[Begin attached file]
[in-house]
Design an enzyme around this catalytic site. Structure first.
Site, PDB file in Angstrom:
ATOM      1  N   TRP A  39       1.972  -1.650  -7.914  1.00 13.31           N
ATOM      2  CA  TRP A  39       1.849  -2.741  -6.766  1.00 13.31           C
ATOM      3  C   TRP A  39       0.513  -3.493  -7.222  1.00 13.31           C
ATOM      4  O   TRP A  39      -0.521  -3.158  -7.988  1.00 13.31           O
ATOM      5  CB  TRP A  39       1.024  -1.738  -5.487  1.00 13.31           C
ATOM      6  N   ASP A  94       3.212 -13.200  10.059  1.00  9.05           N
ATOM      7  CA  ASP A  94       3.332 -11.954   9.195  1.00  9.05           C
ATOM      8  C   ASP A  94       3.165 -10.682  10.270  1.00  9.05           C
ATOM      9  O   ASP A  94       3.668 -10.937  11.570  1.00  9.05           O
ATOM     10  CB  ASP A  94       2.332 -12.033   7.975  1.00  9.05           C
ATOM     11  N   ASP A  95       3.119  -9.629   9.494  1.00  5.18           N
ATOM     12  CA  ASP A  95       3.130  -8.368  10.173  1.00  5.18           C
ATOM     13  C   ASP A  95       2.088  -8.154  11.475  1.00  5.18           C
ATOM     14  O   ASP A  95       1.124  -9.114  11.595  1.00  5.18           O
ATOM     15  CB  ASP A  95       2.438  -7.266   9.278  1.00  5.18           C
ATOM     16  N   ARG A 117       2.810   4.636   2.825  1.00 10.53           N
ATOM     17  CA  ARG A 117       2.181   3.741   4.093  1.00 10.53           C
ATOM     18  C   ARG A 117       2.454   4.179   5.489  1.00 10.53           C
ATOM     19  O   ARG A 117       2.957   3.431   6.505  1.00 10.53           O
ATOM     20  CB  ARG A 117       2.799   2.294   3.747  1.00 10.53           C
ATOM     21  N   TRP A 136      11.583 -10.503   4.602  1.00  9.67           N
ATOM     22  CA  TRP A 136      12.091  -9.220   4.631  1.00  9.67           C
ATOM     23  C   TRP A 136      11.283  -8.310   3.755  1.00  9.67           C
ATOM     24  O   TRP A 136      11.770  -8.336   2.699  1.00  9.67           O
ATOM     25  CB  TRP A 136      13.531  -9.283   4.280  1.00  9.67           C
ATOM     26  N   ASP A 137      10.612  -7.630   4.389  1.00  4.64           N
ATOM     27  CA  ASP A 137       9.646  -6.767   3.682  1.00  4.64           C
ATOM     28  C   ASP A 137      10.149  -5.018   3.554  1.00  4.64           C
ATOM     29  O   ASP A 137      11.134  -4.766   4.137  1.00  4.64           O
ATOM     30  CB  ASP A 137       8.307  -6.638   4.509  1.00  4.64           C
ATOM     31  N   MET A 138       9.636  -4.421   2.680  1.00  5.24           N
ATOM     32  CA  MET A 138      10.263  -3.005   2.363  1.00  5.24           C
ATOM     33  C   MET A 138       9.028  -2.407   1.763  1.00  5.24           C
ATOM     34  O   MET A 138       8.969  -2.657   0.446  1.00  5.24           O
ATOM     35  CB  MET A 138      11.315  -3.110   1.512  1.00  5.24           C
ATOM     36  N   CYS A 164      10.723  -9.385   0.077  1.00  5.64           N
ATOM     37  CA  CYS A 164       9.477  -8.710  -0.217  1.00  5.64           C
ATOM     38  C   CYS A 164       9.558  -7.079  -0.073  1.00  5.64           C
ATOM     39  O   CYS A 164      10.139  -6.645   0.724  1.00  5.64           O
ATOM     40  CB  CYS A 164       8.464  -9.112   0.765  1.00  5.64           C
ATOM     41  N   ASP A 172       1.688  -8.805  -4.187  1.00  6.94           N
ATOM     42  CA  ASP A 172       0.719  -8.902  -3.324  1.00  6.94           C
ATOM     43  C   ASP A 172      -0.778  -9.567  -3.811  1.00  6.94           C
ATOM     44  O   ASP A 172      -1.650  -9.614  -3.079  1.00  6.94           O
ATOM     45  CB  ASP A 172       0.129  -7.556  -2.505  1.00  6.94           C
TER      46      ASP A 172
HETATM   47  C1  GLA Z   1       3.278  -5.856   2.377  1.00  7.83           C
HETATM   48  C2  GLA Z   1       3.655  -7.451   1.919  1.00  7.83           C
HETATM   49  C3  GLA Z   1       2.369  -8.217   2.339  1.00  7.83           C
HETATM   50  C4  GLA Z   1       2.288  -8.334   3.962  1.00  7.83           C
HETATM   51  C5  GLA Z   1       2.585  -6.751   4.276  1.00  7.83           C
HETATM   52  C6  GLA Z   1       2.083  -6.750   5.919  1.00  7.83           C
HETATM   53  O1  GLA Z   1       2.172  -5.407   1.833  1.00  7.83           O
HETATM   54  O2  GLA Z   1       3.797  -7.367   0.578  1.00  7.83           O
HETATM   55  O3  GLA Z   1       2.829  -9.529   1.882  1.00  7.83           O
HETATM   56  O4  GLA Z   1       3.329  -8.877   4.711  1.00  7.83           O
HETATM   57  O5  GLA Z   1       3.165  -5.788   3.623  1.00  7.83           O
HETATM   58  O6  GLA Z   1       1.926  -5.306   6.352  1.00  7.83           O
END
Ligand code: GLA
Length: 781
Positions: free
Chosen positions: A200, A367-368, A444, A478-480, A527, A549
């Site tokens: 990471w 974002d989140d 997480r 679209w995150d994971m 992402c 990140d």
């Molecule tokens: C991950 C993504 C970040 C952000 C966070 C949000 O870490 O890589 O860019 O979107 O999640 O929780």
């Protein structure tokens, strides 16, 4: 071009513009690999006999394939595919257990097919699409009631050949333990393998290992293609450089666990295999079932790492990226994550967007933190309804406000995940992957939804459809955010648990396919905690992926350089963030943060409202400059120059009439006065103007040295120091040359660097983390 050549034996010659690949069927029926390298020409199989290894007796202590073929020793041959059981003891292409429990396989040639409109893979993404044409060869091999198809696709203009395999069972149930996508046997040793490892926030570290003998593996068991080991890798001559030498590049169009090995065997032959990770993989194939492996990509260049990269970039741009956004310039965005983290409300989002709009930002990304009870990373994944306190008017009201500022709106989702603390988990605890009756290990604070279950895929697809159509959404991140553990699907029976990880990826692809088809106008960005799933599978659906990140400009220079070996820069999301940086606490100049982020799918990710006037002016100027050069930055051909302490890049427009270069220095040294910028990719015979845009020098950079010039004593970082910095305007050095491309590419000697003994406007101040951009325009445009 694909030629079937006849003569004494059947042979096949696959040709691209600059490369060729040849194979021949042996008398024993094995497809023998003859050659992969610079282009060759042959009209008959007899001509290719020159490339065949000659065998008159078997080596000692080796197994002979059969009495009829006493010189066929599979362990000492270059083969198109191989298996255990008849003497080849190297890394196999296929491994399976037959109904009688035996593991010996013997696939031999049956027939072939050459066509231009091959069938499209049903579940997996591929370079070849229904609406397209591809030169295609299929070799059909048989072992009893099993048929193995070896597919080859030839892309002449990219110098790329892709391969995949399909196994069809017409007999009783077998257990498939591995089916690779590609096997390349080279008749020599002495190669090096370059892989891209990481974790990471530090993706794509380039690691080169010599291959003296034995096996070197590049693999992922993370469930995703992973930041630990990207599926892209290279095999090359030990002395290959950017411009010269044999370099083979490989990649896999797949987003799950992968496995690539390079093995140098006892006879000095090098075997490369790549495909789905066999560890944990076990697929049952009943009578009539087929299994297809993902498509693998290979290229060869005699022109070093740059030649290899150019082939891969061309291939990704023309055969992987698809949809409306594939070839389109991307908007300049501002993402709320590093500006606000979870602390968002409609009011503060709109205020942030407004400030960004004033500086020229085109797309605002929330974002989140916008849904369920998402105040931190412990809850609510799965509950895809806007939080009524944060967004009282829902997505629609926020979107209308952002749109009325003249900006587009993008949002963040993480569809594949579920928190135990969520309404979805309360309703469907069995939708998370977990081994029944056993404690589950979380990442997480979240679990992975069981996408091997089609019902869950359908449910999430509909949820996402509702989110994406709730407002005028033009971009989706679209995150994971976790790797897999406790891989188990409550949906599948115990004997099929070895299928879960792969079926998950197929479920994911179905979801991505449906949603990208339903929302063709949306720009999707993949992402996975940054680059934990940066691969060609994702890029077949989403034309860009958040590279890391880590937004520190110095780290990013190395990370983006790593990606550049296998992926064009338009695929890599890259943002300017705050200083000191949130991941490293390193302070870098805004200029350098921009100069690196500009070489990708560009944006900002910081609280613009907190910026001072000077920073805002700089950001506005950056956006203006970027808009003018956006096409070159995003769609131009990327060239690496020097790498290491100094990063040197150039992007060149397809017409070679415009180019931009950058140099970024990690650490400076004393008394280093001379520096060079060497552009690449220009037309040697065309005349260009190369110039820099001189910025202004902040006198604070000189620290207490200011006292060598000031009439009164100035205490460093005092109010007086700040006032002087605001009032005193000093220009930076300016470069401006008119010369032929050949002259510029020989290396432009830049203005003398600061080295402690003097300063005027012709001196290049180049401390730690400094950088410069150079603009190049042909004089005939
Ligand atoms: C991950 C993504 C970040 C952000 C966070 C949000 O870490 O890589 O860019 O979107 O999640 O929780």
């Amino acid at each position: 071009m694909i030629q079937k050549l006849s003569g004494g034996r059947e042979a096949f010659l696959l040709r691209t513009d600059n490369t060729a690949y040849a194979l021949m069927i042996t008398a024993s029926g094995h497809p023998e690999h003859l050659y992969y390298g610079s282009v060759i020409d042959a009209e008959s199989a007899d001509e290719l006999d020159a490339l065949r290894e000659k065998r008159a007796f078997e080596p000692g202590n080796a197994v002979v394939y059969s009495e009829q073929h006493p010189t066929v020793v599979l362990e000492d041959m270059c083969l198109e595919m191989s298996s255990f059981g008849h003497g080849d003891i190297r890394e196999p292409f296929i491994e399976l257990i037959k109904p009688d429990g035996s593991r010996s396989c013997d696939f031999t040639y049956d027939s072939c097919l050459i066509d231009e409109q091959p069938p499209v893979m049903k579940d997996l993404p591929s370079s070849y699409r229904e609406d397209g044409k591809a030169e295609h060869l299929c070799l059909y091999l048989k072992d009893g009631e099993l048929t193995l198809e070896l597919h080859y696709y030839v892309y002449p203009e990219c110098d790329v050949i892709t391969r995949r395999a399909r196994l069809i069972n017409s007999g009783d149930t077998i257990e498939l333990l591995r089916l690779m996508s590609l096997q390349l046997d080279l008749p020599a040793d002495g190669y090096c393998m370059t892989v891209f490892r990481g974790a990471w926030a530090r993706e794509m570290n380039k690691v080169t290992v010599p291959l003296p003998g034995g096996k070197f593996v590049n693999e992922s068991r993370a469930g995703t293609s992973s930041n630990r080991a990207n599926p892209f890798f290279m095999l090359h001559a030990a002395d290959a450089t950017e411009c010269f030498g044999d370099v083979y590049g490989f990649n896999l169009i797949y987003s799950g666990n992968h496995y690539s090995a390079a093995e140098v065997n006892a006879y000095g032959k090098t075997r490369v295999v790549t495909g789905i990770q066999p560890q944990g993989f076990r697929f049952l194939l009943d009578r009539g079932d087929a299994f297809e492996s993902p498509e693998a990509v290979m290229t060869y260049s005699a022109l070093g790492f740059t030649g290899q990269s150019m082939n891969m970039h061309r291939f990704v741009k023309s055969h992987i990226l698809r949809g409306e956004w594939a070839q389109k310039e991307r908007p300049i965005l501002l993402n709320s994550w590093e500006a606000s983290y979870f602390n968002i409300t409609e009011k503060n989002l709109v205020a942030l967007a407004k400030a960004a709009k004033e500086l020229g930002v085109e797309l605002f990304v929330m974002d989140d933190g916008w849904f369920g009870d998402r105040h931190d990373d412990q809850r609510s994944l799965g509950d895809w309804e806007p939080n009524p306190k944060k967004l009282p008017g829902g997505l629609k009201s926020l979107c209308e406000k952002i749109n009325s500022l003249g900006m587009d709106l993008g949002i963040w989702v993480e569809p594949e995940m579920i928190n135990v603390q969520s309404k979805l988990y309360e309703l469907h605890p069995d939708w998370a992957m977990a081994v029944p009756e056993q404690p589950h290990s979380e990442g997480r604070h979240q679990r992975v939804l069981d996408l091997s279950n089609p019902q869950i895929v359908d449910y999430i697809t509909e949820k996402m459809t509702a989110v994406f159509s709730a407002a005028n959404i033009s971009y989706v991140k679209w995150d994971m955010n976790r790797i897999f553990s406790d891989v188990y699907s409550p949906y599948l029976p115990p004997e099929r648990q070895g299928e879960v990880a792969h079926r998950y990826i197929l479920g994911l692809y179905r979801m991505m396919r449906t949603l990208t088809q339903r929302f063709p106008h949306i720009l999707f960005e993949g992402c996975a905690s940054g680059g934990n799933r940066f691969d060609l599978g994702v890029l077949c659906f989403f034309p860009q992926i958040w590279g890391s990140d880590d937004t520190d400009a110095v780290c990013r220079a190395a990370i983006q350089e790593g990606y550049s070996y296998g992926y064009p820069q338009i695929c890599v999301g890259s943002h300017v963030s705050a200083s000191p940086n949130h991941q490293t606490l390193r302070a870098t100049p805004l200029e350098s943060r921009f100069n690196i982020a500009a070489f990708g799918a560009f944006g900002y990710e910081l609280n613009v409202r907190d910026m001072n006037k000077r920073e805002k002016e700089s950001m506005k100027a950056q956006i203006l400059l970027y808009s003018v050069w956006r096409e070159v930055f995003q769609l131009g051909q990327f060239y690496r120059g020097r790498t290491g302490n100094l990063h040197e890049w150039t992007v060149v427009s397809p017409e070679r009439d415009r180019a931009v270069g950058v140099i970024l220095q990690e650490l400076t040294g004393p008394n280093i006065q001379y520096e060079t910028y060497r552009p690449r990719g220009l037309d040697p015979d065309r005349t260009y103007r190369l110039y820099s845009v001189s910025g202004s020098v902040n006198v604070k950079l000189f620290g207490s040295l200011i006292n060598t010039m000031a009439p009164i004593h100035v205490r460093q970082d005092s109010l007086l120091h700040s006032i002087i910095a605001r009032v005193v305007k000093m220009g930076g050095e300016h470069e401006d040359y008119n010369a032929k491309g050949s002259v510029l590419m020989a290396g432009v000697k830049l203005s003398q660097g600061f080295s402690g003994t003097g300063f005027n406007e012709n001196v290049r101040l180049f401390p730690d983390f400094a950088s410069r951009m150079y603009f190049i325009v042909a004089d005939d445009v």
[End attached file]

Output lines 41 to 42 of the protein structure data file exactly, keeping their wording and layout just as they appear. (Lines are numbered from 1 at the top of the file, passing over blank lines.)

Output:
ATOM     38  C   CYS A 164       9.558  -7.079  -0.073  1.00  5.64           C
ATOM     39  O   CYS A 164      10.139  -6.645   0.724  1.00  5.64           O